Distension of the descending colon elicits reflex coronary vasoconstriction. To study the efferent branch of this reflex, experiments were performed on 5 dogs anesthetized with pentobarbitone. A pouch was formed from the distal 15 cm of the descending colon and distended at constant pressure (54 ± 8.9 mmHg) with warm Ringer solution from a pressurized bottle. During distensions of the colon, arterial blood pressure and heart rate were kept constant by the withdrawal of blood and pacing of the heart, respectively. Experiments were performed before and after intravenous bretylium tosylate (10 mg/kg), a compound which prevents the outflow of catecholamines from the sympathetic postganglionic neurons. Before chemical sympathectomy, colon distension at constant heart rate and blood pressure caused a decrease in mean coronary blood flow by 7 ± 3.3% (mean ± SD, p <0.0005). This response was abolished after the administration of bretylium (-0.07 ± 0.95%, p > 0.40). We conclude that the efferent branch of the reflex coronary vasoconstriction elicited by colon distension is through sympathetic nerves.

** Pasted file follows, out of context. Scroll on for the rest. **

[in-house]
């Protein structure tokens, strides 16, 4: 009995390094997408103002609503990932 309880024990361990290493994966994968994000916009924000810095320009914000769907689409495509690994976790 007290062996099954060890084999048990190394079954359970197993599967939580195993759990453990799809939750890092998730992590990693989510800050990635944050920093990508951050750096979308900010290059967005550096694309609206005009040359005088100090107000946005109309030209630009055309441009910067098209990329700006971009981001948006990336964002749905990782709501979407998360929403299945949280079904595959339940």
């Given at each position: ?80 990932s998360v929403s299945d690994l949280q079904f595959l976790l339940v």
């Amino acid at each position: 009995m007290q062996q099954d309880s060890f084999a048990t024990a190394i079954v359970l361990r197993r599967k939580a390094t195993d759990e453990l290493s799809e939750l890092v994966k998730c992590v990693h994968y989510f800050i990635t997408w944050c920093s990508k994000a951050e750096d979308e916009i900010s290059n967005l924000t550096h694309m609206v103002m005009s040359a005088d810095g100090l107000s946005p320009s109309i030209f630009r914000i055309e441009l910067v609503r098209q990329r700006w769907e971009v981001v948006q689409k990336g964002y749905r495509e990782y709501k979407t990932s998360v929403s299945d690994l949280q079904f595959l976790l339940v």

|Number of pages||6|
|Publication status||Published - 1992|
ASJC Scopus subject areas
- Cardiology and Cardiovascular Medicine